Tuesday, August 27, 2013

Whales and Dingoes

I was keen to see if the hype about observing a humpback whale close up was worth it. Well it was! Seeing these magnificent creatures in the wild and being almost close enough to touch them is, infinitely better than seeing them on television. The first thing that strikes you is their size. They are huge, yet they have a serene majesty that makes them a true wonder of the animal kingdom. They pop their heads out of the water and simply observe you in the same way us curious humans observe them.
At no time are they frightening, or in any way threatening. The whales in Hervey bay are on holiday pausing before their long swim back to the Antarctic. I watched as a young calf breached the surface as it swum beside it mother. The mother feeds its calf by expressing milk straight into the water and its calf strains out the milk the same way as the older whales feed on the plankton and krill. Seems wasteful but a calf can put on over 80 kilos a day!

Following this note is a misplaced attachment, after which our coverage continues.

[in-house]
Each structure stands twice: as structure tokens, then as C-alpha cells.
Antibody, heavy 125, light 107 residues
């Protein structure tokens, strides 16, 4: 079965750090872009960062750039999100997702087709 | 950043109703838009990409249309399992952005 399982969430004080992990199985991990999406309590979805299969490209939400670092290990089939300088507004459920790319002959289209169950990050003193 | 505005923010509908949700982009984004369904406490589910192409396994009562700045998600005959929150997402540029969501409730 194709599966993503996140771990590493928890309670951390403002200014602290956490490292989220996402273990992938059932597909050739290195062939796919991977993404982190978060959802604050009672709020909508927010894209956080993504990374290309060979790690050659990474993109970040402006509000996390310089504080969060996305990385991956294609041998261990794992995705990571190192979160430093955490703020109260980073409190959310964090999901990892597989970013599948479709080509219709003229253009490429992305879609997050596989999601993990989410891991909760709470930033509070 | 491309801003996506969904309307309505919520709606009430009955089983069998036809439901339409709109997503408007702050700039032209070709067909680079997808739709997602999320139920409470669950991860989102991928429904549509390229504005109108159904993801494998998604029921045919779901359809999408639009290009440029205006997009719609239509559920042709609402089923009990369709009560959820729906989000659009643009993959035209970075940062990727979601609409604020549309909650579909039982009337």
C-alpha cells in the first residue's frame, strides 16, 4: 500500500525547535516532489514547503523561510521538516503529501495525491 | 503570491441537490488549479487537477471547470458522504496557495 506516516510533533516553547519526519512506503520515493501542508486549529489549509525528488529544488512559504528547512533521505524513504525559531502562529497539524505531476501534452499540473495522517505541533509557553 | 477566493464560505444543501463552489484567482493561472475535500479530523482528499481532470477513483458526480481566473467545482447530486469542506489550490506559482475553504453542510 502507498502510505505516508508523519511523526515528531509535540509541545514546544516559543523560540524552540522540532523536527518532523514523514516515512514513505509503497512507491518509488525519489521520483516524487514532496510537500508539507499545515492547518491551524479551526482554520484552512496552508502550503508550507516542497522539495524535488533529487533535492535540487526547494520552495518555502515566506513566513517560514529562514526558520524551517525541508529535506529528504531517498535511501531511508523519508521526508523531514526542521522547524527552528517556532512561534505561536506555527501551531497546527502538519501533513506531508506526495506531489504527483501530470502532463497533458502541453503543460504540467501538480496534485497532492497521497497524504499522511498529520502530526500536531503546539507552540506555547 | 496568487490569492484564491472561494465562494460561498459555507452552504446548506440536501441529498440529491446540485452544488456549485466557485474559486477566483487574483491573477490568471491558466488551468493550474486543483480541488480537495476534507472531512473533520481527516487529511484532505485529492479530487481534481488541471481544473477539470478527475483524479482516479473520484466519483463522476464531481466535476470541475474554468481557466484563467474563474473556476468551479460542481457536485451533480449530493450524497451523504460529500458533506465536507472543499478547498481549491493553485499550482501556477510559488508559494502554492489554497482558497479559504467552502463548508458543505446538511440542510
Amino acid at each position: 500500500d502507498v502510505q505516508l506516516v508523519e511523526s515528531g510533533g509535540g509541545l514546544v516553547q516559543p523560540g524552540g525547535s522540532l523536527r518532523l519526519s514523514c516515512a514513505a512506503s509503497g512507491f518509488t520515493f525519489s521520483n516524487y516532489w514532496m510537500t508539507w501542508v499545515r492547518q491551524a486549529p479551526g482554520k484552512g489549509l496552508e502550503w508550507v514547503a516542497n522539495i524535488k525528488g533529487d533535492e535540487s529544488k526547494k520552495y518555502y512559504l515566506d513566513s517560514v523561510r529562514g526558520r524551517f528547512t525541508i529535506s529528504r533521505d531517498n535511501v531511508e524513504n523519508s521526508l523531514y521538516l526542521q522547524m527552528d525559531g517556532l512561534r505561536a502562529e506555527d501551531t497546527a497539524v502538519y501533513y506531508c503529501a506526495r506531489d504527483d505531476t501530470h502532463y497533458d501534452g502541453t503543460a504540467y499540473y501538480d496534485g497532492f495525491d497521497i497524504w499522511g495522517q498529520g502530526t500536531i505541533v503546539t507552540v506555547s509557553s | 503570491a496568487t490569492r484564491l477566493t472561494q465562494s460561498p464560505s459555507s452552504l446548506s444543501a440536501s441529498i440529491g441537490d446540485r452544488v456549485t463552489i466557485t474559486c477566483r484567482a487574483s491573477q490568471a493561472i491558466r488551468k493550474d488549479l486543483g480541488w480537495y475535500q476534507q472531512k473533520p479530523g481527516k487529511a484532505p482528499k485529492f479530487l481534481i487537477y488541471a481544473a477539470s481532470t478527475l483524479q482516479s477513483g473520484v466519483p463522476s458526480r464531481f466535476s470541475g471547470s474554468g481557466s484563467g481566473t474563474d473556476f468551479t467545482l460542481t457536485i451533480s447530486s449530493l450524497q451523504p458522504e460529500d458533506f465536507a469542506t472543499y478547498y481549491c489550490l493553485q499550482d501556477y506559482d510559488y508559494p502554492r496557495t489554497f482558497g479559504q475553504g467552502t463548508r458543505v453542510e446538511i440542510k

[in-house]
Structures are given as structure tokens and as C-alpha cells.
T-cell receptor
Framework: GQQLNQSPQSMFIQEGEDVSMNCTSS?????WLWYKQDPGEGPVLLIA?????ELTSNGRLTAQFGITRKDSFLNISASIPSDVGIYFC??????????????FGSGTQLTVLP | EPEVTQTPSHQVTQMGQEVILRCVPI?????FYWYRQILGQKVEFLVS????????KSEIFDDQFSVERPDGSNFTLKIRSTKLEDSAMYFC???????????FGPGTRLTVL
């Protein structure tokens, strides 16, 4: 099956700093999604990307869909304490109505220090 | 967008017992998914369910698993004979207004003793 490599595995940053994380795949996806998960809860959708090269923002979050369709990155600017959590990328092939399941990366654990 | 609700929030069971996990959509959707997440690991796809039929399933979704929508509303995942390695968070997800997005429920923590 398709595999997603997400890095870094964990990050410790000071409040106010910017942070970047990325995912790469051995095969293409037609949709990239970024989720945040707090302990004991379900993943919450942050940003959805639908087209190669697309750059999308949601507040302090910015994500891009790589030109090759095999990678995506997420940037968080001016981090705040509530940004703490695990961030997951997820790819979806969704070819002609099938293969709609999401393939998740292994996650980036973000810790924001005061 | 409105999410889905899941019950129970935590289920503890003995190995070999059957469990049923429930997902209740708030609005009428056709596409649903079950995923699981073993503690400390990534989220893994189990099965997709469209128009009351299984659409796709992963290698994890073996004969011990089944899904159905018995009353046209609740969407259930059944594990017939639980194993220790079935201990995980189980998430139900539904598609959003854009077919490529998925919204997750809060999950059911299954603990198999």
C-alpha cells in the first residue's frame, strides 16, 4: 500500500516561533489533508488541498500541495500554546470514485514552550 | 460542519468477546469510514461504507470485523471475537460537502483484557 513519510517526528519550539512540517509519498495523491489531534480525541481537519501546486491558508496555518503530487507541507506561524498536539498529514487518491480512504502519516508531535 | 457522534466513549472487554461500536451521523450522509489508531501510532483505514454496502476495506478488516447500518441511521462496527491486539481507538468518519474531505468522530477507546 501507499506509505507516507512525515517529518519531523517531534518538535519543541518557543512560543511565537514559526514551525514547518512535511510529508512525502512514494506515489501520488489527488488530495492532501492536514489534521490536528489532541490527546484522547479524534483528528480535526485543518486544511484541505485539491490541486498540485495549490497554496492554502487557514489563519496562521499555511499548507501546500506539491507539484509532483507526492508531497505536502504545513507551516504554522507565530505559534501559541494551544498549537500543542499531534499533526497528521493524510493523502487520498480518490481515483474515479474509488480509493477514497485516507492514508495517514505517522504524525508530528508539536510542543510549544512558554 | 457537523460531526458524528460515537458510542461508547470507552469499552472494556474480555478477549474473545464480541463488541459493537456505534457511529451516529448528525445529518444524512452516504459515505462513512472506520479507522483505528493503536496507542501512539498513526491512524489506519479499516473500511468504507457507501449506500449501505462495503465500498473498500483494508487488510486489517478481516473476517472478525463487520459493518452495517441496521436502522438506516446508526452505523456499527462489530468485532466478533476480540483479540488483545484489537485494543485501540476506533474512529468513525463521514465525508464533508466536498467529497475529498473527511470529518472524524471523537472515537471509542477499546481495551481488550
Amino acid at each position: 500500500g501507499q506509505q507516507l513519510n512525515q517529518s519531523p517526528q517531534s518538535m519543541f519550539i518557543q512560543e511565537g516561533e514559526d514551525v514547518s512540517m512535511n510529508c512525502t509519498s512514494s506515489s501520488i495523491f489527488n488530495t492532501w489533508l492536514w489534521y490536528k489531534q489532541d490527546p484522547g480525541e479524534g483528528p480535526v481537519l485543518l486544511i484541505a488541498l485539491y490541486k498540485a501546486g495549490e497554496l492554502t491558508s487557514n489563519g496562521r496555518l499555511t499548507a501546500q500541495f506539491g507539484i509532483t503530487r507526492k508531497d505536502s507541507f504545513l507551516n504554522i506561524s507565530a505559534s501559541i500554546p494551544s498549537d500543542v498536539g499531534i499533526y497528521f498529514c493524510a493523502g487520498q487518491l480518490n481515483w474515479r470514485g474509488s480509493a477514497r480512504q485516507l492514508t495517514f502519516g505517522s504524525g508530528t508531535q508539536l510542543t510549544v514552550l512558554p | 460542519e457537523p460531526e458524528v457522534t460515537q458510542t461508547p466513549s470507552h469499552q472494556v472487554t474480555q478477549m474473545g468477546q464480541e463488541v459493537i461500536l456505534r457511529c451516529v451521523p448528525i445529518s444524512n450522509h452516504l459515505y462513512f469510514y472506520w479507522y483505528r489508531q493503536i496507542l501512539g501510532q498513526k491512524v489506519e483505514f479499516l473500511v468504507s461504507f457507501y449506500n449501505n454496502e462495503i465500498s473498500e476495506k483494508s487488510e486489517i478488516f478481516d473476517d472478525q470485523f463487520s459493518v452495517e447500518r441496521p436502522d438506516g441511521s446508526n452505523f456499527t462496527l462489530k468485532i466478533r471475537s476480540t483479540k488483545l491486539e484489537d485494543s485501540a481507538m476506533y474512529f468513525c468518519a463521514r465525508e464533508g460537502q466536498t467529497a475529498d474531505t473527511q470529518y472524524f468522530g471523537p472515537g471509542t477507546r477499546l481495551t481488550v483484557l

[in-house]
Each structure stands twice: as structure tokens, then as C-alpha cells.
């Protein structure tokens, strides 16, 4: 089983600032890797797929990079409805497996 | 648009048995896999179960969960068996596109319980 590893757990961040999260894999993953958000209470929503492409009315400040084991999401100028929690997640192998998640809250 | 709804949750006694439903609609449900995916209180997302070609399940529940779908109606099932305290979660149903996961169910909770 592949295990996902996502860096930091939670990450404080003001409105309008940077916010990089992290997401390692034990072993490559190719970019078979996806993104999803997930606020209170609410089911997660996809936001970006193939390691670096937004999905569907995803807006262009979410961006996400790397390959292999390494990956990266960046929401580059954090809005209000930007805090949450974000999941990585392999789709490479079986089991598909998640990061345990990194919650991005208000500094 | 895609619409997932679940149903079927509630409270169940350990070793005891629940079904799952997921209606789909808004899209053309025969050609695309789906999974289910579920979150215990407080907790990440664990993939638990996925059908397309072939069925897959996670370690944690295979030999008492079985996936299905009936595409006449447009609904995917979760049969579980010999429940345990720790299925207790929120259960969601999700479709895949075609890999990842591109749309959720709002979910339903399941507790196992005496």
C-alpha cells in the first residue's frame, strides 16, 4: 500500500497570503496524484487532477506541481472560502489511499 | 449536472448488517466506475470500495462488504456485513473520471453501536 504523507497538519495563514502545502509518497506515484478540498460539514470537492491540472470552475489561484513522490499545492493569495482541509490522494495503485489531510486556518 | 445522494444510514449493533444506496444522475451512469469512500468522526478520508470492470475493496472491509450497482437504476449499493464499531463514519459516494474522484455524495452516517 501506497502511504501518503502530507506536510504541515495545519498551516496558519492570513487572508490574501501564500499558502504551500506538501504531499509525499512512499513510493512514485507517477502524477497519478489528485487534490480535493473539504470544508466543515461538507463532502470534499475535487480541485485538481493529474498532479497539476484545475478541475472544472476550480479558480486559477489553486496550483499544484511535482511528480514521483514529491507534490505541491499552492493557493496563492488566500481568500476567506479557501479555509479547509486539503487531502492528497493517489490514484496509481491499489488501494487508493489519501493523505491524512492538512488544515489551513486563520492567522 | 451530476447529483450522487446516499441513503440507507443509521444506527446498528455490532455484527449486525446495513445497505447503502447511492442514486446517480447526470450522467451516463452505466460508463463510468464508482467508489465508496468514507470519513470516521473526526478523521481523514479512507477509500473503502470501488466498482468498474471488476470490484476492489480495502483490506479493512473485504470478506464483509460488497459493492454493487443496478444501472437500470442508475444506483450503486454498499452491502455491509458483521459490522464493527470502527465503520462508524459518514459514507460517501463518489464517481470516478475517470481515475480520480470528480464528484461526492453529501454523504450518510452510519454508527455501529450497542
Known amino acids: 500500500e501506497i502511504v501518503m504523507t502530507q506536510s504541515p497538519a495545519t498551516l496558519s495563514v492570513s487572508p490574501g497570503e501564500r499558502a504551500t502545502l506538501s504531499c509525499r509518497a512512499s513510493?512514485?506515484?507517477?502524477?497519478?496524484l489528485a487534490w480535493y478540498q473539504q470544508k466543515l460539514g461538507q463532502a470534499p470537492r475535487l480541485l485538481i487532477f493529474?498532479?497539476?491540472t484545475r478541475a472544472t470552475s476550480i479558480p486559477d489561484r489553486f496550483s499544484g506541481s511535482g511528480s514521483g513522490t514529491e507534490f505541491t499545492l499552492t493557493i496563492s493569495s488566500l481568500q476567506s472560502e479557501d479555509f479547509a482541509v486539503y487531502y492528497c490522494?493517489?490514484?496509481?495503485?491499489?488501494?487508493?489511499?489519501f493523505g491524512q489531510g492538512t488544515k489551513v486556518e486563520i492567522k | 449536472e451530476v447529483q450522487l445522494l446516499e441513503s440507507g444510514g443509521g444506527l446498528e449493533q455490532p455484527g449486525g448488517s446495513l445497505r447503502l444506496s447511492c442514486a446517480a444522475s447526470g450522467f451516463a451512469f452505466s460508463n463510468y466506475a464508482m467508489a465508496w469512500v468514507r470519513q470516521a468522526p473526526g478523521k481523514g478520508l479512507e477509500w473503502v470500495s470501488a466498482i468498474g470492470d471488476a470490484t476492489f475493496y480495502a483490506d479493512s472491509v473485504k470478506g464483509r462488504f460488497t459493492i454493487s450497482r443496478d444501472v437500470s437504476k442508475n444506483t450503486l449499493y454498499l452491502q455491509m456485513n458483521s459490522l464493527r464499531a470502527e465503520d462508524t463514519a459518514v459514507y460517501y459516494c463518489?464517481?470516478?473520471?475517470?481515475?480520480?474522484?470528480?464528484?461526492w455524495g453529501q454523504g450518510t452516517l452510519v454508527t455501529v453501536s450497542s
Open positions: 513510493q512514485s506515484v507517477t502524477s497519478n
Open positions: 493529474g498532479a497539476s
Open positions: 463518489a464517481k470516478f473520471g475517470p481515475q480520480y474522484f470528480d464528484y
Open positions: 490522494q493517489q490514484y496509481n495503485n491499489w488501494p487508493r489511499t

Whale watching is a relatively new phenomenon but I can understand why it has become so popular. These are not trained animals, or circus acts this is just how they are. The boat captain cuts the motors and you slip quietly beside them. The whales will either totally ignore you or they will decide to interact with you. Either way seems fine somehow.
New Zealand and Australia banned whaling in the early sixties. What took them so long! But that being said the whales in our waters are making a comeback. Numbers have gone from the hundreds to the thousands and long may their revival continue. So if you think whale watching might be an experience worth having, go for it!  In my humble opinion you will not be disappointed.